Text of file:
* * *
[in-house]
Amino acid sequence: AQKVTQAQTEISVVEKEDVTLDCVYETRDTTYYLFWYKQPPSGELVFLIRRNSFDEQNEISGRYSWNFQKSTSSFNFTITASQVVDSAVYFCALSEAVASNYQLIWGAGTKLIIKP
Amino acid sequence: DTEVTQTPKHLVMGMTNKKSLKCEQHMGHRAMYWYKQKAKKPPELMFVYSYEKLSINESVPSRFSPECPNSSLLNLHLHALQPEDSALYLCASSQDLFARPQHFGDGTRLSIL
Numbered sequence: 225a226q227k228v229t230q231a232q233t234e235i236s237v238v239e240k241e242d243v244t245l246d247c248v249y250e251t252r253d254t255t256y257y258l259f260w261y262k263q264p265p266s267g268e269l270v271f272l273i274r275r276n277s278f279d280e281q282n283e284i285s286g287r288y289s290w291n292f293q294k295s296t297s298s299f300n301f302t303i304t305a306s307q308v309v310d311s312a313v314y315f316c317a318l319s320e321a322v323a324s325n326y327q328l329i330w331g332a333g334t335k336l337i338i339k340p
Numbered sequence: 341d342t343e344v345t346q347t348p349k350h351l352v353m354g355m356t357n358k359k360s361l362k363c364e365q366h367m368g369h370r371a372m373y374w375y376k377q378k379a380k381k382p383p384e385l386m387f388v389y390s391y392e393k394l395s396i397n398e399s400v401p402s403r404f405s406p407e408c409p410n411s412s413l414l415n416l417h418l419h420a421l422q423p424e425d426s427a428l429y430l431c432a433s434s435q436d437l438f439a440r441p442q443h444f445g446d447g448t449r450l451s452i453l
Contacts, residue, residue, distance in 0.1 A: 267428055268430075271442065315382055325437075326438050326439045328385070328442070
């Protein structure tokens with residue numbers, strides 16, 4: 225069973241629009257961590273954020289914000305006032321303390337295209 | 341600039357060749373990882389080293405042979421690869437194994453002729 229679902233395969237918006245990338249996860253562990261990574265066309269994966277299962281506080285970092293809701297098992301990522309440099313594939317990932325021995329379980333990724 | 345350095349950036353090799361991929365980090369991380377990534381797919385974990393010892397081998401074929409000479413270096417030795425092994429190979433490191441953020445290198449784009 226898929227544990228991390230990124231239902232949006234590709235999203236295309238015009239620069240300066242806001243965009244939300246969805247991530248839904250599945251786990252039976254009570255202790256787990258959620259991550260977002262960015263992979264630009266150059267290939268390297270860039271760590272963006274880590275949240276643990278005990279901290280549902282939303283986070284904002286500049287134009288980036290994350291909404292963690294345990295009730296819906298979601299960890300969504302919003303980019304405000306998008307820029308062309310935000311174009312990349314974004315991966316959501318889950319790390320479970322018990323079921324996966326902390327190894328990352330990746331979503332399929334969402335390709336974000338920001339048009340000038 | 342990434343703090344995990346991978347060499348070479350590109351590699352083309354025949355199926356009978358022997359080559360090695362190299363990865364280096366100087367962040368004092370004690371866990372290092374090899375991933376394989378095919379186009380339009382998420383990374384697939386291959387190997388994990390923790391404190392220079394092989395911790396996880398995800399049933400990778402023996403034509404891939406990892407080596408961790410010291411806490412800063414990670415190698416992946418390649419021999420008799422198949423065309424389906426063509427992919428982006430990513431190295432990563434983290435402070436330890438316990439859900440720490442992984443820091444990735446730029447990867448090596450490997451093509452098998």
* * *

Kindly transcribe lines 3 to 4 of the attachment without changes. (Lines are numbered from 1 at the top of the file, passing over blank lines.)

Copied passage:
Amino acid sequence: DTEVTQTPKHLVMGMTNKKSLKCEQHMGHRAMYWYKQKAKKPPELMFVYSYEKLSINESVPSRFSPECPNSSLLNLHLHALQPEDSALYLCASSQDLFARPQHFGDGTRLSIL
Numbered sequence: 225a226q227k228v229t230q231a232q233t234e235i236s237v238v239e240k241e242d243v244t245l246d247c248v249y250e251t252r253d254t255t256y257y258l259f260w261y262k263q264p265p266s267g268e269l270v271f272l273i274r275r276n277s278f279d280e281q282n283e284i285s286g287r288y289s290w291n292f293q294k295s296t297s298s299f300n301f302t303i304t305a306s307q308v309v310d311s312a313v314y315f316c317a318l319s320e321a322v323a324s325n326y327q328l329i330w331g332a333g334t335k336l337i338i339k340p